However, alcohol should be avoided. People may also wish to avoid foods, such as spicy or acidic products, that irritate the mouth.

Sugar-free (xylitol) lozenges can help keep the mouth moist.

To make food easier to swallow:

  • use sauces, olive oil, or dressings to lubricate food
  • have a drink alongside your food
  • use a drinking straw to make swallowing easier
  • put cucumber in a sandwich, to add moisture
  • increase fluid intake

Choosing a healthy diet high in fresh fruit and vegetables and low in saturated fats and sugar is the best choice. Some ingredients, such as artificial sweeteners, are suspected to cause an inflammatory reaction. It might be best to stop them.

It may be helpful to maintain a food diary to recognise any particular foods that may cause a reaction or exacerbate symptoms.


Eye drops and artificial tears are effective methods of managing dry eyes.
Eye drops and artificial tears are effective methods of managing dry eyes.

The treatment of Sjogren is aimed at lubricating the infected areas and preventing the onset of complications.

Treatment options include:

  • Medications to stimulate saliva flow: These include pilocarpine and cevimeline. They have a short-term impact, limited to a few hours only, so several doses a day are usually required.
  • Artificial saliva: Saliva substitutes and mouth-coating gels can relieve dryness of the mouth. They are available as sprays, pre-treated swabs, and liquids. These can be important at night, as the mouth becomes dryer during sleep.
  • Artificial tears: Artificial tears can help to lubricate the eyes, and are available over-the-counter (OTC). Prescription options are available that reduce the need for artificial tears, such as cyclosporine ophthalmic emulsion and hydroxypropyl cellulose pellets.
  • Prescription eye drops: These include cyclosporine and lifitegrast.
  • Moisture chamber spectacles: These are special glasses that keep out irritants and retain moisture.
  • Prescription expectorants and throat medications: In cases of respiratory dryness, drugs such as those used to stimulate saliva flow, as well as linseed extract, sorbitol, xylitol, or malic acid, can moisturize the area.
  • Nonsteroidal anti-inflammatory drugs (NSAIDs): Anti-inflammatory drugs such as aspirin, naproxen, and ibuprofen can provide relief for people with Sjogren’s who are experiencing joint pain.
  • Disease-modifying antirheumatic drugs (DMARDs): In cases where the joint pain is accompanied by fatigue and rashes, DMARDs may relieve symptoms. Examples include hydroxychloroquine or methotrexate. If Sjogren’s seems to be affecting the muscles, nerves, lungs, or kidneys, stronger DMARDs, corticosteroids, or rituximab may be prescribed.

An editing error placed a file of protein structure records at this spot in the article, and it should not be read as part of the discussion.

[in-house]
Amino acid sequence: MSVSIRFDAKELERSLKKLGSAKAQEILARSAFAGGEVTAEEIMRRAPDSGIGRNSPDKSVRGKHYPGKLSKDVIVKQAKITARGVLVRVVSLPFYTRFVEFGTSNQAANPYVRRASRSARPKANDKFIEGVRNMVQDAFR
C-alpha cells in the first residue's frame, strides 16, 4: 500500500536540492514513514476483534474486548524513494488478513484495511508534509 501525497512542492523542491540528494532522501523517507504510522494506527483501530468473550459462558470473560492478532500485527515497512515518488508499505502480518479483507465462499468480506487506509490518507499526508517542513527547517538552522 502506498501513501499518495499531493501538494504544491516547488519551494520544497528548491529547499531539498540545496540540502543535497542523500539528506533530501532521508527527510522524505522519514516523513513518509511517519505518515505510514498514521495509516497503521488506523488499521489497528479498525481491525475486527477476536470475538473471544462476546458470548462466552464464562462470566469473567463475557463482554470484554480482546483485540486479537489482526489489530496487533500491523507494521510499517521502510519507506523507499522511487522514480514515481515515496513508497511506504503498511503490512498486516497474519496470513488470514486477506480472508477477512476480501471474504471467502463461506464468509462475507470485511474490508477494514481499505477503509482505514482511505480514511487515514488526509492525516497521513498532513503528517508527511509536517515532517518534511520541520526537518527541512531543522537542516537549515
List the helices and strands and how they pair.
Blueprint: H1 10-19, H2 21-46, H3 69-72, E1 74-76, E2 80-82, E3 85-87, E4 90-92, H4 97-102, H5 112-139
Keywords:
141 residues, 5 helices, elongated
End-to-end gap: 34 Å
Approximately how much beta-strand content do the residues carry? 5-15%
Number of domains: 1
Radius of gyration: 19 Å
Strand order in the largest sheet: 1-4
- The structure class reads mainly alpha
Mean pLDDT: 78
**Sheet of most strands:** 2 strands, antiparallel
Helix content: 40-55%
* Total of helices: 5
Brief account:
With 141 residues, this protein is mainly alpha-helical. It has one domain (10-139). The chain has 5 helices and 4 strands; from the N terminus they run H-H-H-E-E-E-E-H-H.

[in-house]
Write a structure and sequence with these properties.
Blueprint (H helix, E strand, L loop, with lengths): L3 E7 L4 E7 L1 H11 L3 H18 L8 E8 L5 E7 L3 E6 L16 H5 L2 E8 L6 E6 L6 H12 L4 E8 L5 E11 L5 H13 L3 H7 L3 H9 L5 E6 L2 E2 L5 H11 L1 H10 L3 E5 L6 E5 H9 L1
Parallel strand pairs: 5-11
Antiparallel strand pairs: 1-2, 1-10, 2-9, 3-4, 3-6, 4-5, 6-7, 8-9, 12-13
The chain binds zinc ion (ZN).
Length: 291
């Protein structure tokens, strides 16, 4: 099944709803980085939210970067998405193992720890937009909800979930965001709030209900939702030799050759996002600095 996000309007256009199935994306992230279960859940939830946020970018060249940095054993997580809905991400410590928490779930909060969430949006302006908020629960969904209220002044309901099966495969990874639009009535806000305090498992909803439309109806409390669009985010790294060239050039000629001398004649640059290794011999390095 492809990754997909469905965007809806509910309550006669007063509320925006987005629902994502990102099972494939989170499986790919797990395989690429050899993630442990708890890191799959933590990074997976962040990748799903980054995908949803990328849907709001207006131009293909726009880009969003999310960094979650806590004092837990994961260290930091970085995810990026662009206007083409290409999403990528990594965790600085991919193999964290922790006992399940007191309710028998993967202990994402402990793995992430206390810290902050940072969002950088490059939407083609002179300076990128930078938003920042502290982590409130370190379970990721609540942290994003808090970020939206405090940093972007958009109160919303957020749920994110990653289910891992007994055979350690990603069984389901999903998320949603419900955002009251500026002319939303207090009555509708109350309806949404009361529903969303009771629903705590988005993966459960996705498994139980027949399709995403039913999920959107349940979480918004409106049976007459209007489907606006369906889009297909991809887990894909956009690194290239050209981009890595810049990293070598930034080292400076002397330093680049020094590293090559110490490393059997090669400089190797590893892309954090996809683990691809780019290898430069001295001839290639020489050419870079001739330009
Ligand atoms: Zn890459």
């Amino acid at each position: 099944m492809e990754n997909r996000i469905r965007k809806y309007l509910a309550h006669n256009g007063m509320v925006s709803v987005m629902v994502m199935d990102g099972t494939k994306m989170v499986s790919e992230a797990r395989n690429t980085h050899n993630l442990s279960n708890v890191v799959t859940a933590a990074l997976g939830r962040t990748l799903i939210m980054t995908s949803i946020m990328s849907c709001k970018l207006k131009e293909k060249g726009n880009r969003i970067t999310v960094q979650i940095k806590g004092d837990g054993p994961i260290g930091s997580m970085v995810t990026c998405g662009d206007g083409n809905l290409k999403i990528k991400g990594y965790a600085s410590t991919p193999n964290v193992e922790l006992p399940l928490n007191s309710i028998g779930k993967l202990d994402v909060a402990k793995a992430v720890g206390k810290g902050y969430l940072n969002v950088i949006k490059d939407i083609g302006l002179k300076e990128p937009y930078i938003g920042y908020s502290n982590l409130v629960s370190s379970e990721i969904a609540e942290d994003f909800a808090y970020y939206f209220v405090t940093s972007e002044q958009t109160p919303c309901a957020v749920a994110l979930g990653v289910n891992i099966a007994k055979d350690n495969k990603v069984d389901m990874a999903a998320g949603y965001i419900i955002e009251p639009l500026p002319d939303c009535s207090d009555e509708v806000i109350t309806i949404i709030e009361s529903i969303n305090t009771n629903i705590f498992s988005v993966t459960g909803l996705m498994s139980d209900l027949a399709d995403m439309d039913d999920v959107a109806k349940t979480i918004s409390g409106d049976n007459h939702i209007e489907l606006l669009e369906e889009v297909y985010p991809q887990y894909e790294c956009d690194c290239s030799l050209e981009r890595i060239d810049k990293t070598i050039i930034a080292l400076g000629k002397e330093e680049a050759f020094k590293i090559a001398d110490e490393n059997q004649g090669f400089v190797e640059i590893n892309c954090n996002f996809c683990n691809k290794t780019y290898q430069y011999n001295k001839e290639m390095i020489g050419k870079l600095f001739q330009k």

• Antifungal medication: If oral yeast infections are occurring, medication may be prescribed to combat the fungus.
  • Vaginal lubricants: For vaginal dryness, water-based vaginal lubricants can provide a solution, especially during sexual intercourse.
  • Punctual occlusion: When all conservative treatment options have been exhausted, this surgical option seals the tear ducts with small plugs to reduce the drainage of tears from the eye. This keeps the eye moist for longer. Temporary silicone plugs are likely to be used until the procedure is confirmed successful.
  • Autologous eye serum: In severe cases of eye dryness, eye drops can be made from the person’s blood serum.

Here are some easy ways to keep the mouth lubricated.

  • consuming more liquids.
  • rinsing the mouth regularly to prevent infection and soothe the area
  • maintaining excellent oral and dental hygiene
  • topical fluoride gels or varnish
  • quitting smoking, as smoke irritates the mouth and speeds up the evaporation of saliva
  • chewing sugar-free gum, which stimulates the production of saliva
  • applying coconut oil to the dry areas, as it is both moisturizing and anti-microbial


It can also be difficult to diagnose, since Sjogren’s signs and symptoms are similar to certain other health conditions. Different health practitioners may be seen by the patient, perhaps a dentist for dry mouth and tooth decay, a vaginal dryness gynecologist, and an ophthalmologist for dry eyes, a breathlessness and persistent cough pulmonologist.

Some drugs can also cause symptoms that are similar to Sjogren’s.